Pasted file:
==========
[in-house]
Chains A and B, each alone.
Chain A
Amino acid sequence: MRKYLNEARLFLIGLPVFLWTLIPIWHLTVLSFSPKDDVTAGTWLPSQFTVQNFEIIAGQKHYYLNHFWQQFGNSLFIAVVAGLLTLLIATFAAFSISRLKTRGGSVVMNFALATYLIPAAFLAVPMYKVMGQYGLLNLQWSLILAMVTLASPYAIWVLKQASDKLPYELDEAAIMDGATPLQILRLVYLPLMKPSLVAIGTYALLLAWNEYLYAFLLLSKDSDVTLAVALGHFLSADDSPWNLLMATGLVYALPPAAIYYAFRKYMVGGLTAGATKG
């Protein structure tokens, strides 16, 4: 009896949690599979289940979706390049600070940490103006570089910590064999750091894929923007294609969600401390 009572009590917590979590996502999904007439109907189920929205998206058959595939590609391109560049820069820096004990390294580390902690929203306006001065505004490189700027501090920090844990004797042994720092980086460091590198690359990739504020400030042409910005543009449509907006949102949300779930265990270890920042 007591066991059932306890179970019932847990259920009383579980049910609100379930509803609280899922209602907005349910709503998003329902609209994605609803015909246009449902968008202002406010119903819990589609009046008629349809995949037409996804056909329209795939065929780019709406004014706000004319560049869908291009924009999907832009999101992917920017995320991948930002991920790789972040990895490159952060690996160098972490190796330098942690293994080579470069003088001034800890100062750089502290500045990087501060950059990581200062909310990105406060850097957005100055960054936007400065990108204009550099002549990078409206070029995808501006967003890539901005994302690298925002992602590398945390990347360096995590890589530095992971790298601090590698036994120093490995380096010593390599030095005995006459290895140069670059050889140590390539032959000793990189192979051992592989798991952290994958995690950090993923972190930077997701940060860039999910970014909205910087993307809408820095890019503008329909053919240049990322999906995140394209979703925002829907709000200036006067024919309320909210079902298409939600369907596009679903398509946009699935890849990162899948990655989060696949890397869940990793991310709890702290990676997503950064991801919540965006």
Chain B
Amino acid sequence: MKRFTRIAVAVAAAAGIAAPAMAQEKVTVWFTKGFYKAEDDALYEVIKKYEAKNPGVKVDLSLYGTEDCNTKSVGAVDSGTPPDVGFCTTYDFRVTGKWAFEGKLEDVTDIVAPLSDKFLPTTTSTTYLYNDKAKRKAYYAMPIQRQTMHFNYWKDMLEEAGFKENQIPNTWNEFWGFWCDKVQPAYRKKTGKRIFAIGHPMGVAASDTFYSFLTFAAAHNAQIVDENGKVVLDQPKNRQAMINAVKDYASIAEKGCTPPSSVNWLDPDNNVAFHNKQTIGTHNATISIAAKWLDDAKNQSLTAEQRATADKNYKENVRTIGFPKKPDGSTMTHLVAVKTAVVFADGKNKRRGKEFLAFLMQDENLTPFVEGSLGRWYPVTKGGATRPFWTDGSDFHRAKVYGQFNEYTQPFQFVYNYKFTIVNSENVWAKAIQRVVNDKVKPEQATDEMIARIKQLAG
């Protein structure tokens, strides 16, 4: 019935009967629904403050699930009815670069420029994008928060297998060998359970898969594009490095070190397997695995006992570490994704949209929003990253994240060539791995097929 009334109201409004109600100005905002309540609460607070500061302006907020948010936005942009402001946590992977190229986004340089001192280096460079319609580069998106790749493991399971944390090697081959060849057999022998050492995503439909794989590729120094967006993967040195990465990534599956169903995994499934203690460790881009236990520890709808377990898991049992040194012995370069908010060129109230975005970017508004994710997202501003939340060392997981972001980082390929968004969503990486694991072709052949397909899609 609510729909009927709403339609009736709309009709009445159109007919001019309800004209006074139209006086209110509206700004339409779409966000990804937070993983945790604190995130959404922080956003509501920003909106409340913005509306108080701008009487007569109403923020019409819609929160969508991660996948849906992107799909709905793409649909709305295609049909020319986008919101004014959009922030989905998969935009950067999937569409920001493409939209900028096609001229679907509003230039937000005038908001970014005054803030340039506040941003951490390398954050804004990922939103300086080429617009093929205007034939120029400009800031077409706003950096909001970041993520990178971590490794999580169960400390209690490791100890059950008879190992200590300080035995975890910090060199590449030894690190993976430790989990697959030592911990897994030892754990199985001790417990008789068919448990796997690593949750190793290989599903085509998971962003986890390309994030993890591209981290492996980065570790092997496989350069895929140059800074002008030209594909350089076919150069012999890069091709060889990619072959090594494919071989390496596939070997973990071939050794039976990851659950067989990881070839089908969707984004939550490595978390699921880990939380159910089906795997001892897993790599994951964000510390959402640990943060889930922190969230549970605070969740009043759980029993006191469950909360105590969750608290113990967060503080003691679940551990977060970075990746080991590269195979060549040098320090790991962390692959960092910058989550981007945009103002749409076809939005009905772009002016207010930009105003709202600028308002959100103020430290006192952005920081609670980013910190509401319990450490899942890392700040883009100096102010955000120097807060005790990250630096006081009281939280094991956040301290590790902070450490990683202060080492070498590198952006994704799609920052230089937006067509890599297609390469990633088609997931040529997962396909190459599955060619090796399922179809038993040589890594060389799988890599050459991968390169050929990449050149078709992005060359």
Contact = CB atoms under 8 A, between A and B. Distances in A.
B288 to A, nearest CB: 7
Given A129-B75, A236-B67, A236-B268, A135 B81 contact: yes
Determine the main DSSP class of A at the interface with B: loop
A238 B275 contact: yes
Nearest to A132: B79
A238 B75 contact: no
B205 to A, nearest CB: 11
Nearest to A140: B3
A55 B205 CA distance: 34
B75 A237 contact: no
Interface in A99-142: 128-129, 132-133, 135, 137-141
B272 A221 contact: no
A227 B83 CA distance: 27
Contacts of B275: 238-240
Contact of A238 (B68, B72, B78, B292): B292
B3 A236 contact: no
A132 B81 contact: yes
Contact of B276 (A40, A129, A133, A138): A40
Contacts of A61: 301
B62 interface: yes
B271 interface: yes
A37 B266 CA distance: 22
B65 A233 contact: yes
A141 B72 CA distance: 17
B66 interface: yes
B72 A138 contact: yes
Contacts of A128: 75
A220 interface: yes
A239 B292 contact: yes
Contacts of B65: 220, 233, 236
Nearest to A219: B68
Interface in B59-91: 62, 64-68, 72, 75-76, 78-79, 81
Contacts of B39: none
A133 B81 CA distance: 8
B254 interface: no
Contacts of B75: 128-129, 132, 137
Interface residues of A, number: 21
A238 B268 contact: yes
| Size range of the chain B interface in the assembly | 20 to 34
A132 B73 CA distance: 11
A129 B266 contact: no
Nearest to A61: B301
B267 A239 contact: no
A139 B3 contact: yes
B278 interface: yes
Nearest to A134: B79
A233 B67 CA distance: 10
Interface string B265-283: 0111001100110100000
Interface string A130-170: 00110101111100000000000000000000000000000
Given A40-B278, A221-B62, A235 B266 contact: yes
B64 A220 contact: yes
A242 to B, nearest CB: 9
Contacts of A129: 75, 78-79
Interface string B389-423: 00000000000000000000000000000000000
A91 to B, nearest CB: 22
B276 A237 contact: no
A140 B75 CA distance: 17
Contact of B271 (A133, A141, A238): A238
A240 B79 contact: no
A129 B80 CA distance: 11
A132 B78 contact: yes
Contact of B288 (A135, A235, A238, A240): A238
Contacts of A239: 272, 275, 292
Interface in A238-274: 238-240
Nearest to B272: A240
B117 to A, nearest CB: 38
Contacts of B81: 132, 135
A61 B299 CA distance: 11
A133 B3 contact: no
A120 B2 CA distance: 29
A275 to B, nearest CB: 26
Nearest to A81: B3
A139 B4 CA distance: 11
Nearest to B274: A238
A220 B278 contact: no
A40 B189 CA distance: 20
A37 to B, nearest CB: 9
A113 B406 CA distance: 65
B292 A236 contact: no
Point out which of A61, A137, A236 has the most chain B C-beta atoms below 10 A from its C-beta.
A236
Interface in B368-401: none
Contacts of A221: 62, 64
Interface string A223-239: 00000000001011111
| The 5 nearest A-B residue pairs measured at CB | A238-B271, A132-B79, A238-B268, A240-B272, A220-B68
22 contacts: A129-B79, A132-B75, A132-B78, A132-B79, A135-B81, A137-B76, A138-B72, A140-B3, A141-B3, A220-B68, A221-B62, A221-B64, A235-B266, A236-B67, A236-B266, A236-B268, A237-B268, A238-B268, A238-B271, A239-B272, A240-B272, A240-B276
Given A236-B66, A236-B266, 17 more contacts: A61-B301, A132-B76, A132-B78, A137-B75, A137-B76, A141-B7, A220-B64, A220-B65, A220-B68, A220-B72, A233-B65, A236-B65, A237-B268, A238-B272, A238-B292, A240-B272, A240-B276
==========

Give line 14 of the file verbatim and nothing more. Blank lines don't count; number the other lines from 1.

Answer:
Nearest to A132: B79